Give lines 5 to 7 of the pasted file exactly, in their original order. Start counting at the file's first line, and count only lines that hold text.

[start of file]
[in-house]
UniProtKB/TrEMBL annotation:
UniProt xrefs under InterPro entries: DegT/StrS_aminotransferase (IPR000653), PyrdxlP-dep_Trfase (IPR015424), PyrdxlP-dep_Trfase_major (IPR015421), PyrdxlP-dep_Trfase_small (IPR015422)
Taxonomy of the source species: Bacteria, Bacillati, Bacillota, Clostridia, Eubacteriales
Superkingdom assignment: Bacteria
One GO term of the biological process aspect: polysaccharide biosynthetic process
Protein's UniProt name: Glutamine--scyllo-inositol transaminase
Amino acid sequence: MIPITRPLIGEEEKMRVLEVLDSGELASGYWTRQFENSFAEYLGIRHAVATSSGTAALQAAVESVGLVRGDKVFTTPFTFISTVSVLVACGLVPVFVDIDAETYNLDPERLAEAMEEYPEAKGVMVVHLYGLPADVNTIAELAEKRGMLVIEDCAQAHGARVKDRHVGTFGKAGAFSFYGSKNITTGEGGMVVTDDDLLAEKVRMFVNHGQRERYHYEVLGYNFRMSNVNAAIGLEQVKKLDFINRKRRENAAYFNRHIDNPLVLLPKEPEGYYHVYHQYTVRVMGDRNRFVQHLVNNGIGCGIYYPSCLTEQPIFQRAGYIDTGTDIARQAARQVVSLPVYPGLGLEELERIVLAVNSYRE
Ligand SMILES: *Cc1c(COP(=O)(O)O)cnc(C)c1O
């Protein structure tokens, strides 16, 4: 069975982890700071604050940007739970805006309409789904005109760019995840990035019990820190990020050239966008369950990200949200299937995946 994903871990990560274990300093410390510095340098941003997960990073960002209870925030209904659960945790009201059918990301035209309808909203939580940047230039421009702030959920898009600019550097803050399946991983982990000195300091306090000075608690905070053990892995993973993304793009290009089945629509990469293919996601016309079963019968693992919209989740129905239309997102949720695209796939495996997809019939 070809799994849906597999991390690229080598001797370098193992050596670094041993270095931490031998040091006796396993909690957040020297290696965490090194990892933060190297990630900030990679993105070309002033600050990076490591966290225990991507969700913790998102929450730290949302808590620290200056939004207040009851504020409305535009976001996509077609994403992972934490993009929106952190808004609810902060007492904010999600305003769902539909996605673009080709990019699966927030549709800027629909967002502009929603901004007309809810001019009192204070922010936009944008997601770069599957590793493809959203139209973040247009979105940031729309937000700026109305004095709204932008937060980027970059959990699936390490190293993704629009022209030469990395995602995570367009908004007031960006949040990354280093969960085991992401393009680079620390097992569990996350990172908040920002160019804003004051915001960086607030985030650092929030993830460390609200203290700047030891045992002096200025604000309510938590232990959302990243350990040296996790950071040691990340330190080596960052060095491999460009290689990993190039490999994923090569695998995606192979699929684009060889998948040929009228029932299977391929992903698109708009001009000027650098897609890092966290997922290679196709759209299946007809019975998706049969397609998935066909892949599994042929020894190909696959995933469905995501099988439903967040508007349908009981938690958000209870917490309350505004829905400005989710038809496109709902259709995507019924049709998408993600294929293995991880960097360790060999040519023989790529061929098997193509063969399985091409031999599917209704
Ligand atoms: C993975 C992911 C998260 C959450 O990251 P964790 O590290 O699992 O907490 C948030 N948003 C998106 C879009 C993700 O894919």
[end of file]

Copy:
Superkingdom assignment: Bacteria
One GO term of the biological process aspect: polysaccharide biosynthetic process
Protein's UniProt name: Glutamine--scyllo-inositol transaminase